From Fukushima to Syria, CWAJ supports scholars

The College Women’s Association of Japan (CWAJ) is an independent nonprofit organization open to women of any nationality in Japan. From modest beginnings in 1949, the group quickly grew, bringing together both Japanese and foreign women with a common interest in education and cross-cultural exchange.

CWAJ is perhaps best known for its well-regarded annual print shows, with this year’s event slated to run Oct. 17-19 at the Tokyo American Club. However, members are also involved with such volunteer endeavors as offering English activities for Japanese returnee children and supporting visually impaired people and foreign students.

Another major part of CWAJ’s work is the awarding of a variety of annual scholarships in higher education.

“We’ve actually been supporting scholars ever since the organization started, but a formal scholarship program was founded in 1972,” says Joanna Chinen, the organization’s current director of scholarship. “CWAJ has evolved to meet the needs of the community, and we now offer them in four different categories.”

As befits an organization that fosters international friendship, two of these categories are for Japanese women to study abroad and for their foreign counterparts to study in this country. In addition, CWAJ has drawn on its long experience of volunteering with the visually impaired to establish funds for individuals to pursue higher education both in Japan and abroad. The scholarships in this category, which are open to both women and men, were the first of their kind in Japan.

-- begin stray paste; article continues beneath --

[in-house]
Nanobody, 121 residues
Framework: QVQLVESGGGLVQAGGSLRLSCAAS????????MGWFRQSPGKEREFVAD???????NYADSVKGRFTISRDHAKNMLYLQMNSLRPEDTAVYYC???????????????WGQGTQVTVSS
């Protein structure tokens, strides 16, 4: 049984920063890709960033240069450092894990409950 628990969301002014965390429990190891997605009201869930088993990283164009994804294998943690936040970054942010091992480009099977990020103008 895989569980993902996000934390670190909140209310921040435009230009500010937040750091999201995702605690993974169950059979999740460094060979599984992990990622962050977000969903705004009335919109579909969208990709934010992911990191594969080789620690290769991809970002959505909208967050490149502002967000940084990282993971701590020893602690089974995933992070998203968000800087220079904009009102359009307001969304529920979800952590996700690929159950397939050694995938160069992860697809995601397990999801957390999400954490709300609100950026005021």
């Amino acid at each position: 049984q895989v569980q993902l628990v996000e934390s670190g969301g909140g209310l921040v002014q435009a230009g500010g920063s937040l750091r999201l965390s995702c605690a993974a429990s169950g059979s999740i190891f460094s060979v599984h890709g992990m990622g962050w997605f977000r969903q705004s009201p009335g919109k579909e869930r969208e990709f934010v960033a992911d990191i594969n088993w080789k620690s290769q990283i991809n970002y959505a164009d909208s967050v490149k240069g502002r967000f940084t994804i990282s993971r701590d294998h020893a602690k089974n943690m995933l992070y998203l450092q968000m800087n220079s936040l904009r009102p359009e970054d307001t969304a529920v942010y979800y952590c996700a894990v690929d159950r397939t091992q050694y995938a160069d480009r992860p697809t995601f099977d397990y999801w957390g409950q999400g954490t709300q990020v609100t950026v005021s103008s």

The fourth and newest category are the Fukushima Relief Scholarships, awarded to students at the Fukushima Medical University School of Nursing and established in the wake of the Great East Japan Earthquake of March 2011. After assisting local professionals providing mental health care in Fukushima through several projects, CWAJ members saw a need for ongoing support.

The recipients of all the 2014 scholarships were introduced to CWAJ members at a recent luncheon event, and several of them spoke to The Japan Times afterward about their experiences and future goals.

Attendees where addressed by former CWAJ scholar Masako Egawa, who became the first woman to be appointed an executive vice-president at Tokyo University in 2009. Egawa’s scholarship in 1984 assisted her in pursuing an MBA at Harvard University.

By coincidence, two of this year’s scholars share ties to Syria, which is currently embroiled in a long and bloody civil war. Akiko Takeuchi, a nurse, is this year’s recipient of the scholarship for a Japanese woman to study abroad. Takeuchi majored in Arabic at university and went on to serve a stint in Syria as an officer with the diplomatic service after graduation.

“My experiences living and working in Syria led to an interest in health care, and I went back to school to qualify as a nurse after my return to Japan in 2008,” she explains.